- "It's weird to promote a movie you can't talk about," said Mark Hamill
- He first played Luke Skywalker in 1977
- Luke Skywalker "is in a much different frame of mind," he said
Q: Do you remember your first ever audition of Star Wars from 1977?
Mark Hamill: I do absolutely. The first time you go, there are about 80 to 100 people there, you can tell who is up for Luke and who is up for Han because there were all these teenaged guys and there were other leading men. I went in and Brian De Palma who was interviewing for Carrie - the horror film based on the Stephen King novel - and George Lucas was there. He never spoke, so I was thinking and asking myself, is he Brian De Palma's assistant? We saw no script, and they just said 'tell us a little bit about yourself.' Later, I got a call from my agent who said 'you made the cut, you are going for the next round and this time they are going to send you a scene,' not the whole script - just a scene. So I get this scene where we are going towards the Death Star.
Q: How has Luke Skywalker changed over the years?
Mark Hamill: He is in a much different frame of mind. He is a different Luke than we have seen before. The one thing that I love about this character is that he is not the same way twice. When you first saw him he was a teenager; he was nothing special, and that's a very important aspect of the character. Young people can look at that and say, 'I can do that!' He is not physically imposing, he is not particularly intelligent, he is average intelligent. So he is very relatable. Luke is the perfect entry level in the Star Wars universe for children. I say that because children would feel comfortable around me. They have seen a lot of people in their lives that are like me. He changes throughout the first movie until he discovers his inner mystical powers. Each time you see him; he progresses to a different kind of Luke.
Q: You said Star Wars is like a fairy tale...
Mark Hamill: Yes, it's very much like a fairy tale as opposed to science fiction film. It has science fiction elements, but there is a princess, a farm boy, a wizard... I mean, really! It has great humour; most science fiction films are pretty dry and straightforward. When I read Star Wars I laughed, it was hilarious. These robots were fighting over whose fault it is. We rescue the princess and risk our lives, and the first thing she complains about is, 'You came in that!' Everyone can relate to it. When we were in school, we asked our dad to drop us a block away because we were embarrassed about the car he drove. These films have human elements throughout. It was quite ahead of its time to have a female character that is far away from a damsel in distress. She was like, 'You call this a plan?' and she took the gun and took over her own rescue.
Q: What was your reaction to the script of The Last Jedi?
Q: Your audition video from your first Star Wars film is on the Internet, have you seen it lately?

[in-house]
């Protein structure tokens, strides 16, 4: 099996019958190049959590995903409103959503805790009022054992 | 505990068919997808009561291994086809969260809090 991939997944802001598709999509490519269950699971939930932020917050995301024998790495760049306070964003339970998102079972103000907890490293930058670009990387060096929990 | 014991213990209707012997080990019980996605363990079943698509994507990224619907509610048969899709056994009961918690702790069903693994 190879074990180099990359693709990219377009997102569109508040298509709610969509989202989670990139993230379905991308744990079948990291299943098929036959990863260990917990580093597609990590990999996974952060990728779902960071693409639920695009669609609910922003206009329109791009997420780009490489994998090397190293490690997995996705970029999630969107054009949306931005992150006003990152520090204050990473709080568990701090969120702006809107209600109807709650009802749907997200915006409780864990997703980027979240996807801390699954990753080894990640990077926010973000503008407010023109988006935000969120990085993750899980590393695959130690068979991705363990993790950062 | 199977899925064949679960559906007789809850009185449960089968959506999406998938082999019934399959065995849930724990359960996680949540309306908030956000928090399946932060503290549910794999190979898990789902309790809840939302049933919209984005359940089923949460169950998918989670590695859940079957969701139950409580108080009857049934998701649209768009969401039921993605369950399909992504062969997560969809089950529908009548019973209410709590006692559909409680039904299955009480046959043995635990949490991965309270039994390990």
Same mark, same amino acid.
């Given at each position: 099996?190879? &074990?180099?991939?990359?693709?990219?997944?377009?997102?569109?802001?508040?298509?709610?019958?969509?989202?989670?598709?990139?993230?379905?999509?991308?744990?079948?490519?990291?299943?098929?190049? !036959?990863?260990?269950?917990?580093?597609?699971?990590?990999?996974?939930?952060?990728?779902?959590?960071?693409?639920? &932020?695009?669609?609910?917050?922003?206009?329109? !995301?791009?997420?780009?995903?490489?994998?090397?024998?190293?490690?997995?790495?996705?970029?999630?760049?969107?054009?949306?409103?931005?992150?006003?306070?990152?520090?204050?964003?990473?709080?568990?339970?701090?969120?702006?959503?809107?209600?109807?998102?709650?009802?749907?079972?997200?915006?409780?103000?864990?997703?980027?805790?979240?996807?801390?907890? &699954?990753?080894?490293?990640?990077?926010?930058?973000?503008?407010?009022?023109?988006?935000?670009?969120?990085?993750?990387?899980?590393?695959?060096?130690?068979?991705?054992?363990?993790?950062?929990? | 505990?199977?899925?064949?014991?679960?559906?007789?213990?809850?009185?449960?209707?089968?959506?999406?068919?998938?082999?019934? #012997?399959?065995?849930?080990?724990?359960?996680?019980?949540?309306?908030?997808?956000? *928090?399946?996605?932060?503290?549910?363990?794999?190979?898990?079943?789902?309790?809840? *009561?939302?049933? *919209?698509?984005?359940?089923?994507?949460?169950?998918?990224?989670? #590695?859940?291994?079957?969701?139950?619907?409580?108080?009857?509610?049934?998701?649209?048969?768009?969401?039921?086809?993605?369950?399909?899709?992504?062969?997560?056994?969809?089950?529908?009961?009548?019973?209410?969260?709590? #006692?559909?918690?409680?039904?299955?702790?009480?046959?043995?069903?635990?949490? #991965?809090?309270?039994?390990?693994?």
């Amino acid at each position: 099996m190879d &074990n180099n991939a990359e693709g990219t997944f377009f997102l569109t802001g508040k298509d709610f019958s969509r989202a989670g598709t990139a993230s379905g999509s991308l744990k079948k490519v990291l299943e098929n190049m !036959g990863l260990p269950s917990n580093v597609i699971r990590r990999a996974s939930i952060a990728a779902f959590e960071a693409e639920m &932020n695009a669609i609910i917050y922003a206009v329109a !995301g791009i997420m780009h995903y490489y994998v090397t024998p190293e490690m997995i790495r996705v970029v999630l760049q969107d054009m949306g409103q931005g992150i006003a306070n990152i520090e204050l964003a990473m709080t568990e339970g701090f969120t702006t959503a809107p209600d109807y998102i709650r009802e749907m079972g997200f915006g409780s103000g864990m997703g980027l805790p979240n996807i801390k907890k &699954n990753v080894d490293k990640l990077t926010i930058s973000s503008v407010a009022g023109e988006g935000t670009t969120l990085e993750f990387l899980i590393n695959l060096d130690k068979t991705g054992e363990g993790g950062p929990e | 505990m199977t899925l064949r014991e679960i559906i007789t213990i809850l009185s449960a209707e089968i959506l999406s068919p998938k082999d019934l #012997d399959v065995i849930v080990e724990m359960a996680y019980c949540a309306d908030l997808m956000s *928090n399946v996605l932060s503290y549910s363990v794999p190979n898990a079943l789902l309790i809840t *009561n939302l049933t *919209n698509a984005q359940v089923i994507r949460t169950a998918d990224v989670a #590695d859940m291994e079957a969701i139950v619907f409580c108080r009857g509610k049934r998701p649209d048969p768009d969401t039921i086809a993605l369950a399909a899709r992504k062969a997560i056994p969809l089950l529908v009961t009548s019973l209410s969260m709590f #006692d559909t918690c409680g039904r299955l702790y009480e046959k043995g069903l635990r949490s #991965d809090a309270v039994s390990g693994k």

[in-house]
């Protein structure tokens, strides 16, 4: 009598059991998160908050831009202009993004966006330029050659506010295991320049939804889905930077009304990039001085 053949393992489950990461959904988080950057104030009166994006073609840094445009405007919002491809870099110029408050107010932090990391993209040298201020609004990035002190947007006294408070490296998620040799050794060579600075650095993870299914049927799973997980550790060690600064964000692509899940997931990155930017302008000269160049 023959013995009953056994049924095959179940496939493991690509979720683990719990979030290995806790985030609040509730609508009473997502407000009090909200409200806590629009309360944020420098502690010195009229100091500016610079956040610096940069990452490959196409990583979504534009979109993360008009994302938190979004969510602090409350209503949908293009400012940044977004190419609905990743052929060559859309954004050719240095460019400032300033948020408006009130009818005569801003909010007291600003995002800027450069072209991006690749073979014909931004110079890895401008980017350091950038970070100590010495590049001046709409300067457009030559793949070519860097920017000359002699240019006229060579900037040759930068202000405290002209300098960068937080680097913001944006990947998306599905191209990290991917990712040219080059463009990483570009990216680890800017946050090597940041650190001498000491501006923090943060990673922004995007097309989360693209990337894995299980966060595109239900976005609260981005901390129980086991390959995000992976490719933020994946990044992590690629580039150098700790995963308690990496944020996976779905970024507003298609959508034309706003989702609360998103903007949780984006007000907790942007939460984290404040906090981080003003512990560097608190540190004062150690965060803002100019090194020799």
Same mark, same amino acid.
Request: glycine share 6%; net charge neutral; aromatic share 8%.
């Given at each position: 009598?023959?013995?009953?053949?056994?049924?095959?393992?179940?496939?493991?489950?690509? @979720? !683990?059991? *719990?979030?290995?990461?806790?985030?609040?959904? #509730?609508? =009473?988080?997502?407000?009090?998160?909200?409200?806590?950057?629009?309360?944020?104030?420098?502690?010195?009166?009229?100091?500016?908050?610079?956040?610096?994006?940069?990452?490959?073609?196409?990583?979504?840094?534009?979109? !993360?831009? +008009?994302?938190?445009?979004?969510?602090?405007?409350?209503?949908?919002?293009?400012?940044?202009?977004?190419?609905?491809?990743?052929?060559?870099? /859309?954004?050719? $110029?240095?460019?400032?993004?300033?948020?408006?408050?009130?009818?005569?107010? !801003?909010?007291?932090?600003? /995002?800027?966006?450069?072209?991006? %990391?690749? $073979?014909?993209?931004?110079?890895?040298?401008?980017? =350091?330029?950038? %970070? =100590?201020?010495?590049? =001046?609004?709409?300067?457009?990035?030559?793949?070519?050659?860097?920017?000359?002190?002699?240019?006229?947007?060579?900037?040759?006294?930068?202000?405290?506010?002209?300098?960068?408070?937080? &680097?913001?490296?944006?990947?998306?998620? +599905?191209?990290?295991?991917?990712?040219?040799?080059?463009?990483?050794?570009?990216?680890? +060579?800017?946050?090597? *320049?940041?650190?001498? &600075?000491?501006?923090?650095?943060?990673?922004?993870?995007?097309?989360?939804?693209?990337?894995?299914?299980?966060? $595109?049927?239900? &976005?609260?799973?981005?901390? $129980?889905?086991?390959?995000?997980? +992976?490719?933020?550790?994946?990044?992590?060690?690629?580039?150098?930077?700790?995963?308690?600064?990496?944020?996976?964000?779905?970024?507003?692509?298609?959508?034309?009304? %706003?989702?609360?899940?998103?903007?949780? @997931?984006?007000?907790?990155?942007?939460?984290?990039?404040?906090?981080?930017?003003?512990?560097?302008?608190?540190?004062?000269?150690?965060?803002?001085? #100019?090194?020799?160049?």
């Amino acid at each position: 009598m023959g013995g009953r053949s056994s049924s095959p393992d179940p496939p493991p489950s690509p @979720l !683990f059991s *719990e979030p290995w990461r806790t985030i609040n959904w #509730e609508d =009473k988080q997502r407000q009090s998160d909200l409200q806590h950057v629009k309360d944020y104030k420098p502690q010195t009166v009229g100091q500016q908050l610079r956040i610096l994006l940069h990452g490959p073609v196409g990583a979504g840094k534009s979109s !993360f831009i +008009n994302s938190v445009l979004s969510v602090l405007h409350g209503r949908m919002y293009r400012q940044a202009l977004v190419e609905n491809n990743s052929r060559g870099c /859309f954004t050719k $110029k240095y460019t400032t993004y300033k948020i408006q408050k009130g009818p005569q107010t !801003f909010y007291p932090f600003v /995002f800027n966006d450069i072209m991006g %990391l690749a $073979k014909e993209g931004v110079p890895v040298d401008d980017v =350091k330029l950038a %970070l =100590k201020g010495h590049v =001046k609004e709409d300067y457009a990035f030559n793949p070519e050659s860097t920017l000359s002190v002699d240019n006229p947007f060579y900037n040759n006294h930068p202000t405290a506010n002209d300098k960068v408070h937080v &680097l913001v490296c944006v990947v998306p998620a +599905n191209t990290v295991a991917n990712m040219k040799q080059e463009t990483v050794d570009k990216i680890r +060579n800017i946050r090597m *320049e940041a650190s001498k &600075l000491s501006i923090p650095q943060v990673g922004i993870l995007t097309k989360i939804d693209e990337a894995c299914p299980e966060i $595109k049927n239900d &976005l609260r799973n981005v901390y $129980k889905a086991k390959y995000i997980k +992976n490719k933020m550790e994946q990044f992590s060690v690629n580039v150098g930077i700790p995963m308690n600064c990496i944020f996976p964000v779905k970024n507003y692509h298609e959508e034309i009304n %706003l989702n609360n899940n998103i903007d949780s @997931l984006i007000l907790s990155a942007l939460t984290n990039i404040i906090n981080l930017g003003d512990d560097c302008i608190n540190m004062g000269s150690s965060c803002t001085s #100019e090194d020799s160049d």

Mark Hamill: Yes, I saw it while we're doing The Force Awakens. I was home one day, and the family was out during the day, the had gone shopping, and I was watching something on the computer, and I guess I watched Back To The Future. Then the internet suggested a video, which was the screen test of Star Wars. I was like, 'do I have the nerve to watch it after all these years later?' I told myself if I don't watch it now, I never will. Then I thought if it were horrible I just wouldn't bring it up with anyone. So I watched auditions of other actors first, like Kurt Russell's, and then I finally watched mine. I was just going to watch and not comment on the material. Sometimes your desire to get the part is so much that you push too hard; there is a neediness that comes across, which is unappealing. Here it looked like I didn't care. I saw other auditions and I would like to say that every one of them would have been a great Luke.
Q: Can you tell us anything about The Last Jedi?
Mark Hamill: I can't reveal anything, you will know everything in less than a week. It's weird to promote a movie you can't talk about. It's a paradox. But I will tell you something. My son came up with some ideas on how Luke should be after all these years and I shared it with Rian. He said, 'we can't do anything that's been done before, nothing from video games or the books.' So there will be things you have never seen in Star Wars films before.
Q: Tell us about your new Star Wars director, Rian Johnson - how is he to work with?
Mark Hamill: The most important thing is that I trust Rian. He is a wonderful person, I have never heard him raise his voice, never heard him curse. Never heard him humiliate someone or make anyone feel bad. Someone asked me if I had anything bad to say about Rian, I said, 'yes, he is too nice! He is so nice that I was tempted to take advantage of him.' He is a remarkable storyteller and a gifted filmmaker. I have worked with some real terrors; I was scared to go to work some days. They humiliate you, and they break you down. I won't take names, but I'll tell you, I was doing this television movie and I hated this guy so much that one day I just told him, 'nothing is worth this, this is pure hell, coming to work and listening to your abuses.' I said all this and went off to my trailer van, and I was shaking, waiting to be fired. The assistant director came and said, 'we are ready for your shot.' He said the director loved me standing up to him. I was like, 'Oh! I won't try that again then!' Maybe that was his technique to push me so that I become better in the part, but it was just awful. If you can't have fun doing your job, then you are in the wrong business, and if you can't have fun doing Star Wars, then there is something seriously wrong with you.
Star Wars: The Last Jedi co-stars Daisy Ridley, John Boyega, Adam Driver and Oscar Isaac. It releases on Friday.